I was only six the year that Miss Martha moved into our neighborhood.
She was from up North, but mostly people didn’t mind. For one thing, she was friendly and open from the start, and for another, she didn’t act as if God had sent her here to enlighten us poor ignorant Southerners. Finally, (and most importantly from my viewpoint, and that of my four-year-old sister Beatie), she made the best chocolate chip cookies I had ever tasted, even better than my mama’s. I think it’s almost sacrilege for a Southerner to say that, but it’s the God’s honest truth.
She had moved into the house next to M’sieu’ Daniel’s. Daniel Landry was a Cajun man, tall, grey and imposing, but always kind. Looking back, I would say he was in his early fifties, but to a six-year-old, that was older than dirt, as old as Papère LeMay in town. Miss Martha was a little younger, but in my eyes she was pretty much the same as he. They had something else in common, too, in the beginning. Even I noticed it, or maybe it would be more accurate to say I was the only one who seemed to see it. Many times when one or the other of them would smile, it never seemed to reach their eyes.
I never knew what tragedy had made Miss Martha uproot herself. I do know I heard Mama say once that M’sieu’ Daniel had built his house for his young wife. She’d died of cancer two years after they got married, and after that, he got old suddenly and withdrew from many of the town activities. M’sieu’ Daniel and Miss Martha hit it off right away, and they raised a few eyebrows when he squired her to the fais do do in town her first weekend there.
People thought maybe they were in love, but I doubted that. Love was for young people, like Lacey Pratt and Jacques Caissy, not for old folks. At Lacey’s and Jacques’ wedding, I watched Lacey twirl, dancing with her new husband, and dreamed of the day when I would be the bride, beautiful in lace and tulle. Old people, were, well — old, and I was sure they were past such youthful pursuits as falling in love.
Aged or not, Miss Martha was always nice to us kids, but even we thought she might be a little nuts when she bought the Wishing Rock. They dug up the foundation for a new store in town, and there was a large boulder in the site that might have looked kind of like a big frog, if you squinted hard enough. The next day, Joe Thibodaux’s dump truck pulled up in front of Miss Martha’s house and Joe and some of his friends used a block and tackle to move the rock to her back yard.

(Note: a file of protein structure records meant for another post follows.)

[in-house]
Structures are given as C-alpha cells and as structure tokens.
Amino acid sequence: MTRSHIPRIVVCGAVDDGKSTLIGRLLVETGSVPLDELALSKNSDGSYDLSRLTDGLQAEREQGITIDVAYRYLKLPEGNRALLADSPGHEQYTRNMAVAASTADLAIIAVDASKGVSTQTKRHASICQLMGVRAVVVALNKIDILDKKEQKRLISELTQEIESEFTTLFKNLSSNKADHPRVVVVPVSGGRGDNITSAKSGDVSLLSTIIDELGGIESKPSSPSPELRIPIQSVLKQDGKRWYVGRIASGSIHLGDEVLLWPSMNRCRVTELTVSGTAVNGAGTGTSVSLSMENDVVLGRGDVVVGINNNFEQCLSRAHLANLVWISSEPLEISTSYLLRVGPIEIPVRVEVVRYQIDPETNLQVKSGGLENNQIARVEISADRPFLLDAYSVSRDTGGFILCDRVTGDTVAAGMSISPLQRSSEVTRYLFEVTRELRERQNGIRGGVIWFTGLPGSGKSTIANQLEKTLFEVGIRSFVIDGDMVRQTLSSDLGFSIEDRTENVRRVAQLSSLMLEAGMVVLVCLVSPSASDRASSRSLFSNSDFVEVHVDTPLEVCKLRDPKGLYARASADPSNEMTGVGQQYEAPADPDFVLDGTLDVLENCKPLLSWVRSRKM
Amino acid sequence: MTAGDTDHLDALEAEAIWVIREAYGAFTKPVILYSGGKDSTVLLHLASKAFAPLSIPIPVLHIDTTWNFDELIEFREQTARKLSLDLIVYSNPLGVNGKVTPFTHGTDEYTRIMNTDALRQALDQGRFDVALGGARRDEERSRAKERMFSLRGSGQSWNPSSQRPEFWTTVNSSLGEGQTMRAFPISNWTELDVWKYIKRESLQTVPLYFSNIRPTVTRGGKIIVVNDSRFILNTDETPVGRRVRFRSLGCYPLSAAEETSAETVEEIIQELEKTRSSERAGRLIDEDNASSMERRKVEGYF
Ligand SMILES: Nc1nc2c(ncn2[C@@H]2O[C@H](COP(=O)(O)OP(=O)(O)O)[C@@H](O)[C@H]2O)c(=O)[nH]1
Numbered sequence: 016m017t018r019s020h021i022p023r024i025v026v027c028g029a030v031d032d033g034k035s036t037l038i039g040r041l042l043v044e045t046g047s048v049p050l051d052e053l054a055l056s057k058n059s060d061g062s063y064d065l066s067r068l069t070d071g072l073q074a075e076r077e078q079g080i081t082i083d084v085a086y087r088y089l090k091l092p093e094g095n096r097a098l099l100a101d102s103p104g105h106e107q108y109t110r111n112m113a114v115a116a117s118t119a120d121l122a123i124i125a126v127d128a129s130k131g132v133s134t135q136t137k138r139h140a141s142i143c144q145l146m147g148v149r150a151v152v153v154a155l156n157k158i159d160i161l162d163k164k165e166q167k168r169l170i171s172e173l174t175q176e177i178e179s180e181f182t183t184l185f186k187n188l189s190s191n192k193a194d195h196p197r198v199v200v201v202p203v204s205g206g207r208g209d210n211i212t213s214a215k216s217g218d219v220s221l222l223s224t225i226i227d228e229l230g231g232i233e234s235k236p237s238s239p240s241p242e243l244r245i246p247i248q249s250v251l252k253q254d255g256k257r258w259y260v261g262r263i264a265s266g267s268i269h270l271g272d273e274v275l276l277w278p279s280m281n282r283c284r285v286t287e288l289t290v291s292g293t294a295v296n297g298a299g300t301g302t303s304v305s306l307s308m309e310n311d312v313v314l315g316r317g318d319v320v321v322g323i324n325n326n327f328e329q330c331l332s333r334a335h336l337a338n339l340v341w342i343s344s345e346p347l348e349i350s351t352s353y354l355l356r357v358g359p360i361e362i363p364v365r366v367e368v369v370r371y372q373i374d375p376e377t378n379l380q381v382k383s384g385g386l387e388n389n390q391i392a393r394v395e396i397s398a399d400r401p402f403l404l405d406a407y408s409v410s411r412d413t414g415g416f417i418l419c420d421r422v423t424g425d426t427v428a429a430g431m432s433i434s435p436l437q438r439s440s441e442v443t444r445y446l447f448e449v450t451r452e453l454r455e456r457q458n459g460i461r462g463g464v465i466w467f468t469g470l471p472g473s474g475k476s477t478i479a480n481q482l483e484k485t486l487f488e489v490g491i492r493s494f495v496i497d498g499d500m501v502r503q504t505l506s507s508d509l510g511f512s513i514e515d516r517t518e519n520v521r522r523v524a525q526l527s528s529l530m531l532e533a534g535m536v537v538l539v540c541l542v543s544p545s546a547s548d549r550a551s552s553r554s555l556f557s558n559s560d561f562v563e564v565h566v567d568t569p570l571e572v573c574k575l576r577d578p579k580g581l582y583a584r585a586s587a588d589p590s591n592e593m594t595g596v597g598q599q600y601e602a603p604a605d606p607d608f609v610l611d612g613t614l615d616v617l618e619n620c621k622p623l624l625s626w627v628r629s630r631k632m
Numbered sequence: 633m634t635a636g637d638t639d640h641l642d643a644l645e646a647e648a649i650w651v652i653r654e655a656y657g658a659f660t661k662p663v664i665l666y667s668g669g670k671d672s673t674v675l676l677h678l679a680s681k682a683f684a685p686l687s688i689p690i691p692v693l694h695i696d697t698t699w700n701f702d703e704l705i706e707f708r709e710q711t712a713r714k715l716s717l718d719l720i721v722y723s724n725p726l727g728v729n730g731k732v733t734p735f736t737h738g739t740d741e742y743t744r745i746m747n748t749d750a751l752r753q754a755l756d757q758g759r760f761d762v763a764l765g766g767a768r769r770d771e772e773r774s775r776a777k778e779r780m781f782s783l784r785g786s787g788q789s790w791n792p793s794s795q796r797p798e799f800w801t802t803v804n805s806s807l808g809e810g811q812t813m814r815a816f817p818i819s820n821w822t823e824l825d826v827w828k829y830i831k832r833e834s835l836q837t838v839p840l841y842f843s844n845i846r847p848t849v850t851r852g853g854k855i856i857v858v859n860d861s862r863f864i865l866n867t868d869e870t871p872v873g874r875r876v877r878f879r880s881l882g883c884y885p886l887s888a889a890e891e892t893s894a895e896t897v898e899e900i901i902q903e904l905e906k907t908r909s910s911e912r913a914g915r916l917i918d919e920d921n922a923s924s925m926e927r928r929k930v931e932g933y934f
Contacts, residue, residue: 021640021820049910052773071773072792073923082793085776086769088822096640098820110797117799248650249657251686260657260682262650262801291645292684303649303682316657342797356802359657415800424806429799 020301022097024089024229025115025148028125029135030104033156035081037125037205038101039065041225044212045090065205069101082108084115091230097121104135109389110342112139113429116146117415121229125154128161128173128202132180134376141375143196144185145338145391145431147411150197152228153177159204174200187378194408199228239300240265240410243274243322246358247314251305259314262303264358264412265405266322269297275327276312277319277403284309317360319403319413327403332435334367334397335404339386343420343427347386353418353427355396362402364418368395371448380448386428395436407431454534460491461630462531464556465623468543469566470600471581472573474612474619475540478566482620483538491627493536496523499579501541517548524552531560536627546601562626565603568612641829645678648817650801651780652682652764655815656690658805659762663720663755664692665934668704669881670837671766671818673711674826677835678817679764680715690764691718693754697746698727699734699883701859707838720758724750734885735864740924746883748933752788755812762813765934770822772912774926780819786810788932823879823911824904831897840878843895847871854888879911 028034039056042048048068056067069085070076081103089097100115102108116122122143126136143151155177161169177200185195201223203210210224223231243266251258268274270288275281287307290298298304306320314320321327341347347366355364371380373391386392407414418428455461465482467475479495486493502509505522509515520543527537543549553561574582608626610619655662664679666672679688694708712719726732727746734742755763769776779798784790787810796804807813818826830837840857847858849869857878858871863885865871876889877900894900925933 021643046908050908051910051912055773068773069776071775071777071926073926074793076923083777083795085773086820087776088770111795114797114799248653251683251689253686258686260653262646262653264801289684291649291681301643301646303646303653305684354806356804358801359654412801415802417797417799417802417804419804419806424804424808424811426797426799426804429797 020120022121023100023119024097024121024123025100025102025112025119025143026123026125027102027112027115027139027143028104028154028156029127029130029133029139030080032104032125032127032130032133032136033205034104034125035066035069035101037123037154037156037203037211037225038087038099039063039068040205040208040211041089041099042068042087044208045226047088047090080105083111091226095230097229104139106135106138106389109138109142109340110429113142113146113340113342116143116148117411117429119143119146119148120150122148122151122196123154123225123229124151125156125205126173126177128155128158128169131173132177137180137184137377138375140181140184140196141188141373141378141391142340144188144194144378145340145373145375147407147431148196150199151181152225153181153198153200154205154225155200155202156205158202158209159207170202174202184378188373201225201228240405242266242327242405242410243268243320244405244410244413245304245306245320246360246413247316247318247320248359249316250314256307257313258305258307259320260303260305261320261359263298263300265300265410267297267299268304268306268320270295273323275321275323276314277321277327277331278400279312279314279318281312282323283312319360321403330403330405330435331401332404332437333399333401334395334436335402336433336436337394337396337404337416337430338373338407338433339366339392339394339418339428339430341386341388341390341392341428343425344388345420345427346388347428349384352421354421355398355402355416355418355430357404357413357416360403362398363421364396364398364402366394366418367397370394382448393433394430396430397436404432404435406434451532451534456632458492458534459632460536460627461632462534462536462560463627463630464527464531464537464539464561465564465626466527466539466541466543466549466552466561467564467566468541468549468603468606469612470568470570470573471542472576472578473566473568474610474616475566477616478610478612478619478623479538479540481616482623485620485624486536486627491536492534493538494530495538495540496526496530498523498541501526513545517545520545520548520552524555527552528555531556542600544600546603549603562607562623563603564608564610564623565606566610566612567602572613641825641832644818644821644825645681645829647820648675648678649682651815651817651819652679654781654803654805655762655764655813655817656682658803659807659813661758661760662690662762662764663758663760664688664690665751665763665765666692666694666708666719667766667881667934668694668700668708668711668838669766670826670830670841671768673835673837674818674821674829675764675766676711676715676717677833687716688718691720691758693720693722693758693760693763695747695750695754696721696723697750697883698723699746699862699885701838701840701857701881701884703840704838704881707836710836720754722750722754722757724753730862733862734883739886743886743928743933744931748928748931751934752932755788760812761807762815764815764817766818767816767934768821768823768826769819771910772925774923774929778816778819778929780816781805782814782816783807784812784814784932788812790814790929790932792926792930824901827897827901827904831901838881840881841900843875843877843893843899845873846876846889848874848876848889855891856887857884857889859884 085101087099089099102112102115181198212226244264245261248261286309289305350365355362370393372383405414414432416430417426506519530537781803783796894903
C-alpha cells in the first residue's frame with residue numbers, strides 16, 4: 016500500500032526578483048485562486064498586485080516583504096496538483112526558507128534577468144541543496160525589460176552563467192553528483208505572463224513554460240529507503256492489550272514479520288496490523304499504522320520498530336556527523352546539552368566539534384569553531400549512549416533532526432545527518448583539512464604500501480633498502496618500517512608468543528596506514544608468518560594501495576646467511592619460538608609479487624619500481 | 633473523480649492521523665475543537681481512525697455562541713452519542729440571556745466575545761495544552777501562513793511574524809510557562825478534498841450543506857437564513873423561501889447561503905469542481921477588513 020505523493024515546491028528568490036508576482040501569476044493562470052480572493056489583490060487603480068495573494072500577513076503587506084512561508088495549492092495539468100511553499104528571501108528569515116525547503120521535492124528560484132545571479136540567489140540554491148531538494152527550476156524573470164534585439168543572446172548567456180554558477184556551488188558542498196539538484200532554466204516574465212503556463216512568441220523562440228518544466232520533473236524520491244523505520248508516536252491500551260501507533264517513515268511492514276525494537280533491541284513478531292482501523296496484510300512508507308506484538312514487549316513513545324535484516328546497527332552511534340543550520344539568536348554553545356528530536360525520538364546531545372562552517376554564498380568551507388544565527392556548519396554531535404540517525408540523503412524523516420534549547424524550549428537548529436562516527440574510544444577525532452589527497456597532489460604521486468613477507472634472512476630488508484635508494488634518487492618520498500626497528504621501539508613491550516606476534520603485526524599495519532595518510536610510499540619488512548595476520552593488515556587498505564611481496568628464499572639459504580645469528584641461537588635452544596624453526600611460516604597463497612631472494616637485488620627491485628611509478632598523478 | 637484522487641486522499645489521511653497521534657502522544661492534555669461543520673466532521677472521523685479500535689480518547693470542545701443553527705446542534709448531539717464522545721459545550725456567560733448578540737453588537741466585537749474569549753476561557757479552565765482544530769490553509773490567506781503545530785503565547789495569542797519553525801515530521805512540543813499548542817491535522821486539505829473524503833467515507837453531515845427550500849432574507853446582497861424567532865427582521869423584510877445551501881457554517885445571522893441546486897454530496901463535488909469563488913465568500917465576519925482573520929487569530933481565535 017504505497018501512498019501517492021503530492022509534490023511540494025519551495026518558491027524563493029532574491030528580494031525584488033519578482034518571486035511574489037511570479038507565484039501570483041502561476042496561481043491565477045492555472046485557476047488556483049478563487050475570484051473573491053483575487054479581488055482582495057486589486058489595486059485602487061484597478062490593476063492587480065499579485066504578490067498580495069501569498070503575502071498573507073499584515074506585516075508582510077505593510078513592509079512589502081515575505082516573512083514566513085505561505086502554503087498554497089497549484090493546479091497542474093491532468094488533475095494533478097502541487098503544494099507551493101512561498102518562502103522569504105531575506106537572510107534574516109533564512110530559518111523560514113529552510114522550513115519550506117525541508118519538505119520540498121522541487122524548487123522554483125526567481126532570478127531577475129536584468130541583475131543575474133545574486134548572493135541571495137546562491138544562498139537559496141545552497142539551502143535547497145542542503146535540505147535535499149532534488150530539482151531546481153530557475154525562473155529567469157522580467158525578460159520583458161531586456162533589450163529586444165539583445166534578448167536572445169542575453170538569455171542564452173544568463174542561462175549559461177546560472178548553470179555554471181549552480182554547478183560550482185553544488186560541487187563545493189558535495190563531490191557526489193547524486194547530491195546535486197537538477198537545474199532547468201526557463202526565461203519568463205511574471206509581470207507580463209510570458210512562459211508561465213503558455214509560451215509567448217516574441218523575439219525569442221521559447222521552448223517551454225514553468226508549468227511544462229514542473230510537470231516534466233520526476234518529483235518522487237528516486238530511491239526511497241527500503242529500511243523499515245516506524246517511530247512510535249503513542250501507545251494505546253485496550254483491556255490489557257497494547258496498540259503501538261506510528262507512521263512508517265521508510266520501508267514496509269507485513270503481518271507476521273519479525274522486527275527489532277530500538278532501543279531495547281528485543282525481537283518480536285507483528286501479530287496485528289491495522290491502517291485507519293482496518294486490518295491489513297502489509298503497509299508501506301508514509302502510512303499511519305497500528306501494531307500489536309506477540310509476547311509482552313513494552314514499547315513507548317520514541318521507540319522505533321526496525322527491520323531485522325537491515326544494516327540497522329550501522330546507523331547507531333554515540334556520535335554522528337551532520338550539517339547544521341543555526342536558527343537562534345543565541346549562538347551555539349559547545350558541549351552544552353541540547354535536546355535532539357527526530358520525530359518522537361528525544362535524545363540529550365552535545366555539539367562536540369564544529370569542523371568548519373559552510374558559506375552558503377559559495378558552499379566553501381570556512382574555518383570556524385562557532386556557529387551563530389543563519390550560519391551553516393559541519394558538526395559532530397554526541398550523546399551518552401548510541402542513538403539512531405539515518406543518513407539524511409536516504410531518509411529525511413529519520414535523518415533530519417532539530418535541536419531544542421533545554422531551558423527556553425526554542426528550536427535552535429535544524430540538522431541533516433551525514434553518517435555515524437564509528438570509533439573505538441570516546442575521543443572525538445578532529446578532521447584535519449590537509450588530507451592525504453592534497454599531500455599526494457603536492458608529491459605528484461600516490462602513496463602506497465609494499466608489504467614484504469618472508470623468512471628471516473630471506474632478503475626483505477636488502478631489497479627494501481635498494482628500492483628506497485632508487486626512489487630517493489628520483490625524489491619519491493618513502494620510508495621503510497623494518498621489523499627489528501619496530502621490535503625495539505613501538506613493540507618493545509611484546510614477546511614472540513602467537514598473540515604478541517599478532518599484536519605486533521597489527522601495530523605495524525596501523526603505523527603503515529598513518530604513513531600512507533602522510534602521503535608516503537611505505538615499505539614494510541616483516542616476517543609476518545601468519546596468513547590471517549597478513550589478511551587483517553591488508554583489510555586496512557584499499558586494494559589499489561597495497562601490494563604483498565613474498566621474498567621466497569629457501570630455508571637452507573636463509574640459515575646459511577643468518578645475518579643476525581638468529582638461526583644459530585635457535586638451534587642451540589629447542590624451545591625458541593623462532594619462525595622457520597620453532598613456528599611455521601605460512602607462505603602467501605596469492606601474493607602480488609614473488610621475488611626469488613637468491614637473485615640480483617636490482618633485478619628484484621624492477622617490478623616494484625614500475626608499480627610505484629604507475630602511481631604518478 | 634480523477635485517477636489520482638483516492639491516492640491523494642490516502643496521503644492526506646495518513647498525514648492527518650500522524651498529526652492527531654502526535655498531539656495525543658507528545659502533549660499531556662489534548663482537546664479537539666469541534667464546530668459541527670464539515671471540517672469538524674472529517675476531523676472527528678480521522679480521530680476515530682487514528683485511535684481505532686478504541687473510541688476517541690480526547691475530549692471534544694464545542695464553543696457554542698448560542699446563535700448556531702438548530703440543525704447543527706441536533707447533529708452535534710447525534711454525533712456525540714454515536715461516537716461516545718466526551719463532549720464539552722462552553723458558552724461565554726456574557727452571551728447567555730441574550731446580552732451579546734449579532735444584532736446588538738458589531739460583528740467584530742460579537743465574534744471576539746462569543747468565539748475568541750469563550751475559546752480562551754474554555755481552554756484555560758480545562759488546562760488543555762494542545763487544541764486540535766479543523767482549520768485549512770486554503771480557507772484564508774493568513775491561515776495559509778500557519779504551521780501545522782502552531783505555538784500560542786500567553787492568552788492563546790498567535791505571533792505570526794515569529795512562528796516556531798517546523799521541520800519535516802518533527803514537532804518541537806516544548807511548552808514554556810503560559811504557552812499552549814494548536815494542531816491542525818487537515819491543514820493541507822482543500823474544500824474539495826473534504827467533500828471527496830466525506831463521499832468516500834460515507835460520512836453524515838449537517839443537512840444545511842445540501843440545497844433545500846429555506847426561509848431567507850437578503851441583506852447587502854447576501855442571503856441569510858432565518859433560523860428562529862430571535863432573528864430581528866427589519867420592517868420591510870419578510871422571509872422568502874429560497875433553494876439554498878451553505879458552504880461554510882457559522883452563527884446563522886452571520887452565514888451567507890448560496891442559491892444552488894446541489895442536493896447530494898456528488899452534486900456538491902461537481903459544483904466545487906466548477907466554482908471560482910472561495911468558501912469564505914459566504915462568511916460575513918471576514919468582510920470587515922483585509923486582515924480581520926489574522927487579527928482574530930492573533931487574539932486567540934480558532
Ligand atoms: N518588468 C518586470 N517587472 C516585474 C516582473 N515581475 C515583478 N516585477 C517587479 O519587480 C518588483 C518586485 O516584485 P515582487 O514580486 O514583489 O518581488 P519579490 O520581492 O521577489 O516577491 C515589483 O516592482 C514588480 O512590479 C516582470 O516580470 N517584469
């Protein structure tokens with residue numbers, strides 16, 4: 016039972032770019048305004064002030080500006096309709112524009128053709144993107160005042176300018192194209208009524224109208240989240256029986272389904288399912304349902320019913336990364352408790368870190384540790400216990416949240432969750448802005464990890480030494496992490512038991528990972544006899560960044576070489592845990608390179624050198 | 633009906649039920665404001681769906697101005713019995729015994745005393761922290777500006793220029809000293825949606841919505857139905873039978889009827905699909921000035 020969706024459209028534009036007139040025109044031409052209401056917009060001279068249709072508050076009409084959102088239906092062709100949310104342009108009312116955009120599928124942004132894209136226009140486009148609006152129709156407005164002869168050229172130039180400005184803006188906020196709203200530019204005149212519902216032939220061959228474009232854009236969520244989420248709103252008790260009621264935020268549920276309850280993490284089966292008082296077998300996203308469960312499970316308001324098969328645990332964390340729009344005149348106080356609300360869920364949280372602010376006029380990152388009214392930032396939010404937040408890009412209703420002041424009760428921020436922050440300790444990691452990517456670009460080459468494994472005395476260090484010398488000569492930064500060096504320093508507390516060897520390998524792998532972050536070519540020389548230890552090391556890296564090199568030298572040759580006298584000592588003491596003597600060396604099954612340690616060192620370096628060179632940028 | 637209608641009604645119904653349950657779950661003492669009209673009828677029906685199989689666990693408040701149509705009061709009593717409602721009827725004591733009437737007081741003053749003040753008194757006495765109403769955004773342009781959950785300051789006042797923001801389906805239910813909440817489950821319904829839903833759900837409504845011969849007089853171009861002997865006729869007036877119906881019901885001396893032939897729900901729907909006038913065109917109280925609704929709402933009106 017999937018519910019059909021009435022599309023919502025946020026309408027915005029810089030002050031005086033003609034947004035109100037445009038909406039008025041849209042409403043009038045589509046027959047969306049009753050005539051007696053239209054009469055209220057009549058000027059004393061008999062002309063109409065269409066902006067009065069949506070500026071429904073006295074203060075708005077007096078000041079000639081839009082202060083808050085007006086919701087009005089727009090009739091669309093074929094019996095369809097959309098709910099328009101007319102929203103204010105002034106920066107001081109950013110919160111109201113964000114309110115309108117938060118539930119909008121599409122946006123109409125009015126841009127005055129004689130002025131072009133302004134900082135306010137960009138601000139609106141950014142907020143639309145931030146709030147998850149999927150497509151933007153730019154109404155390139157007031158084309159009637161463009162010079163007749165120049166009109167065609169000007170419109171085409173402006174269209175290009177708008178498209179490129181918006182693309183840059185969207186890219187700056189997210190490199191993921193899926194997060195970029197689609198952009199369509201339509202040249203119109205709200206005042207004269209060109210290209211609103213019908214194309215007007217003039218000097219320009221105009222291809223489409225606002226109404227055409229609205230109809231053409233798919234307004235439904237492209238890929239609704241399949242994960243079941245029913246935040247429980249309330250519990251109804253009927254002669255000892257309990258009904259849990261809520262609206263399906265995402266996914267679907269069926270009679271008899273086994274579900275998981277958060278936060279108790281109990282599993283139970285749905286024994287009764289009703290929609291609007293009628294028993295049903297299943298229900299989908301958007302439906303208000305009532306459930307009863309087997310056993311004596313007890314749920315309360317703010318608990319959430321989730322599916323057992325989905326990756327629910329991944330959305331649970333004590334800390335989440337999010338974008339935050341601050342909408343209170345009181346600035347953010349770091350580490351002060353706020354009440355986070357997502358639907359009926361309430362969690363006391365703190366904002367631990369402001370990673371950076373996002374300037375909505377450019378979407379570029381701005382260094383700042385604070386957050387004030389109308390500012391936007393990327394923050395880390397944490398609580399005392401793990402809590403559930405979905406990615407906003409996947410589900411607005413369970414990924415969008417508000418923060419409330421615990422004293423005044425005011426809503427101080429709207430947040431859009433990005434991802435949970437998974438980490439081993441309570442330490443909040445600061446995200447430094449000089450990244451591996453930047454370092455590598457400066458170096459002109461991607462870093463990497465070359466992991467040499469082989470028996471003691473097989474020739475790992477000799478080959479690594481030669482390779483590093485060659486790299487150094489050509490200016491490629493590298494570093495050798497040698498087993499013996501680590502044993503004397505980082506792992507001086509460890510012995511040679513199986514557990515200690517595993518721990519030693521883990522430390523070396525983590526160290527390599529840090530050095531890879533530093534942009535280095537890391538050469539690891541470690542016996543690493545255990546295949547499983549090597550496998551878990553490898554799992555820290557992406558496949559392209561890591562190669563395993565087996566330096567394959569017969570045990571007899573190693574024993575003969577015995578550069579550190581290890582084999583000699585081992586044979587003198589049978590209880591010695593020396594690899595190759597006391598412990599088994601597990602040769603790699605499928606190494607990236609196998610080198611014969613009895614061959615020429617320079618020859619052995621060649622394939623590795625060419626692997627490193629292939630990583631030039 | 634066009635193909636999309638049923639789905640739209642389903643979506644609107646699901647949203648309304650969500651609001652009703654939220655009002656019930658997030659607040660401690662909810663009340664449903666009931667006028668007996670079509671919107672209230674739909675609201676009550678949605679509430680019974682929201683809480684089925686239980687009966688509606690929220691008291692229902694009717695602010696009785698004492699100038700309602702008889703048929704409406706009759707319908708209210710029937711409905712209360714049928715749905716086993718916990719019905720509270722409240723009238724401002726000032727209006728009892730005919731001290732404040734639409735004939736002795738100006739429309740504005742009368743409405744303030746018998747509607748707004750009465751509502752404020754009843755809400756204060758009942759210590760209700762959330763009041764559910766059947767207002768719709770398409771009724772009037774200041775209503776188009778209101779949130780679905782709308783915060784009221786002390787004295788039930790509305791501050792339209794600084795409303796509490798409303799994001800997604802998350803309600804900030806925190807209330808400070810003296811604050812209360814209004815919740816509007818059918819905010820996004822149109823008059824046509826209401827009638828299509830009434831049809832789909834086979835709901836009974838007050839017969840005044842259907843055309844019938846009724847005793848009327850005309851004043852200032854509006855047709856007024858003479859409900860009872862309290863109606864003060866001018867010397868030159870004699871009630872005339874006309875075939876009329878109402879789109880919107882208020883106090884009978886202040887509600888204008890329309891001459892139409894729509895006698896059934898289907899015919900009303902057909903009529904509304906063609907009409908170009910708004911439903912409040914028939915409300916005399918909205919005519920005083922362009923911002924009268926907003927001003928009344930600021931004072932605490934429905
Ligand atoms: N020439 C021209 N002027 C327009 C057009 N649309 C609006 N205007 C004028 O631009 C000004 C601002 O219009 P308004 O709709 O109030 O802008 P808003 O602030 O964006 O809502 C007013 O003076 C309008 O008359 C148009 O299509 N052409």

When Papa asked incredulously what possessed her, Miss Martha blushed and said that when she was a little girl, there had been a rock just like this one in her family’s yard. She had called it her Wishing Rock and loved to sit on it and watch the stars. She took a lot of ribbing, but she held her ground and on warm, clear nights, she would go and sit on the new Wishing Rock and enjoy the evening skies.
It was one night in mid-August that year when I came to understand her and M’sieu’ Daniel a little better. Papa said there were going to be some pursy-hids that night, better than fireworks. He winked at Mama, and she pursed her lips in pretended disapproval, but the twinkle in her eyes gave her away. Beatie and me, we were shooed out of the house, with the suggestion that we might want to sit on the Wishing Rock and watch for the pursy-hids.
When we got to the side of Miss Martha’ s home, we saw the Rock was already taken. M’sieu’ Daniel was sitting behind Miss Martha, with his arms around her, and she was sitting sideways, leaning on him, her head on his shoulder. As we watched silently, he put one hand under her chin, tilted her head back, leaned forward and kissed her. I was shocked. What in earth are they doing? I knew that Papa kissed Mama, but that was them. They were supposed to. They weren’t old people yet, not like M’sieu’ Daniel and Miss Martha were.
Beatie broke the spell by giggling. Mortified, I clapped my hand over her mouth, but it was already too late. Neither of our elders seemed to mind; they smiled at each other and waved us over.
“You come here now, Annie and Beatie. Come here and sit wit’ us.”
Beatie always preferred sitting with M’sieu’ Daniel, so I wound up on Miss Martha’s lap.
“Papa sent us to see the pursy-hids. What’s a pursy-hid, Miss Martha?”
She laughed gently. “It’s Perseids, my dear,” and spelled it for me. “Look, there! See that?” as a light streaked across the sky. “That’s a meteor. The Perseids are a whole shower of those lights — those meteors. And tonight’s the best night to see them. Look!” as an even brighter light flashed to earth, and another and another. Beatie watched the lights in awe, a little smile on her face. And me? I looked back at Miss Martha and M’sieu’ Daniel. In the flashes of starlight, their faces seemed of no age — neither old nor young, exactly, but beautiful and timeless. With a wisdom I still can’t understand the source of, I suddenly realized that sharing hearts wasn’t about age. One could be older than the earth or younger than the stars, and still love.
Six months later, Miss Martha and M’sieu’ Daniel married and moved into Miss Martha’s house. They’re still there, twenty-some years on, a little older, a little greyer. And on warm, clear nights they still sit on the Wishing Rock, holding hands and watching the constellations together.